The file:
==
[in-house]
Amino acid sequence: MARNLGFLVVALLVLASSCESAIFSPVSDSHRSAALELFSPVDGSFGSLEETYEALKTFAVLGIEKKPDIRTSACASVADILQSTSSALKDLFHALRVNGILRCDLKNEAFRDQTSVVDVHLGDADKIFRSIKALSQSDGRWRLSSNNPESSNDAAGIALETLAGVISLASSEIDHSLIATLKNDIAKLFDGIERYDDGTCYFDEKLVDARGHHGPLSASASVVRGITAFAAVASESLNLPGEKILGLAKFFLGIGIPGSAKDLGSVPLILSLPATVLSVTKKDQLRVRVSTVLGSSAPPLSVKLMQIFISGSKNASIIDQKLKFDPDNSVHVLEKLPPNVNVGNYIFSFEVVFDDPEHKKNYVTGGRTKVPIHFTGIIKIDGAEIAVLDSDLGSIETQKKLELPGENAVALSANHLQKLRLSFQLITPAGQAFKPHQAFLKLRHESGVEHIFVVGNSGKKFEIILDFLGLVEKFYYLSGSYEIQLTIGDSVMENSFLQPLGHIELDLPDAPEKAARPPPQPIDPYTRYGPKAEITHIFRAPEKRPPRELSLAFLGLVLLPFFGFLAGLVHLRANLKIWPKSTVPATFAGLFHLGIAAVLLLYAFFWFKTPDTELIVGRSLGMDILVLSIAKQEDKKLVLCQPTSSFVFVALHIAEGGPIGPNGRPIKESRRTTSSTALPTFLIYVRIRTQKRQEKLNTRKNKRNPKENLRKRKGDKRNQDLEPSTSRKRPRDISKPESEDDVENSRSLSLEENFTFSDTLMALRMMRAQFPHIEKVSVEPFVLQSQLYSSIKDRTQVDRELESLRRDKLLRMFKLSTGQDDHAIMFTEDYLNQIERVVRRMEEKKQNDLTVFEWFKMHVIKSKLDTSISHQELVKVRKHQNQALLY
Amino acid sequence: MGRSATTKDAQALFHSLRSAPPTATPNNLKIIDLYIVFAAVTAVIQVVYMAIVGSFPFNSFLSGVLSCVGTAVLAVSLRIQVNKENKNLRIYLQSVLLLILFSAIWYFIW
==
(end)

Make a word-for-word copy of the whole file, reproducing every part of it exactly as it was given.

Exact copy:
[in-house]
Amino acid sequence: MARNLGFLVVALLVLASSCESAIFSPVSDSHRSAALELFSPVDGSFGSLEETYEALKTFAVLGIEKKPDIRTSACASVADILQSTSSALKDLFHALRVNGILRCDLKNEAFRDQTSVVDVHLGDADKIFRSIKALSQSDGRWRLSSNNPESSNDAAGIALETLAGVISLASSEIDHSLIATLKNDIAKLFDGIERYDDGTCYFDEKLVDARGHHGPLSASASVVRGITAFAAVASESLNLPGEKILGLAKFFLGIGIPGSAKDLGSVPLILSLPATVLSVTKKDQLRVRVSTVLGSSAPPLSVKLMQIFISGSKNASIIDQKLKFDPDNSVHVLEKLPPNVNVGNYIFSFEVVFDDPEHKKNYVTGGRTKVPIHFTGIIKIDGAEIAVLDSDLGSIETQKKLELPGENAVALSANHLQKLRLSFQLITPAGQAFKPHQAFLKLRHESGVEHIFVVGNSGKKFEIILDFLGLVEKFYYLSGSYEIQLTIGDSVMENSFLQPLGHIELDLPDAPEKAARPPPQPIDPYTRYGPKAEITHIFRAPEKRPPRELSLAFLGLVLLPFFGFLAGLVHLRANLKIWPKSTVPATFAGLFHLGIAAVLLLYAFFWFKTPDTELIVGRSLGMDILVLSIAKQEDKKLVLCQPTSSFVFVALHIAEGGPIGPNGRPIKESRRTTSSTALPTFLIYVRIRTQKRQEKLNTRKNKRNPKENLRKRKGDKRNQDLEPSTSRKRPRDISKPESEDDVENSRSLSLEENFTFSDTLMALRMMRAQFPHIEKVSVEPFVLQSQLYSSIKDRTQVDRELESLRRDKLLRMFKLSTGQDDHAIMFTEDYLNQIERVVRRMEEKKQNDLTVFEWFKMHVIKSKLDTSISHQELVKVRKHQNQALLY
Amino acid sequence: MGRSATTKDAQALFHSLRSAPPTATPNNLKIIDLYIVFAAVTAVIQVVYMAIVGSFPFNSFLSGVLSCVGTAVLAVSLRIQVNKENKNLRIYLQSVLLLILFSAIWYFIW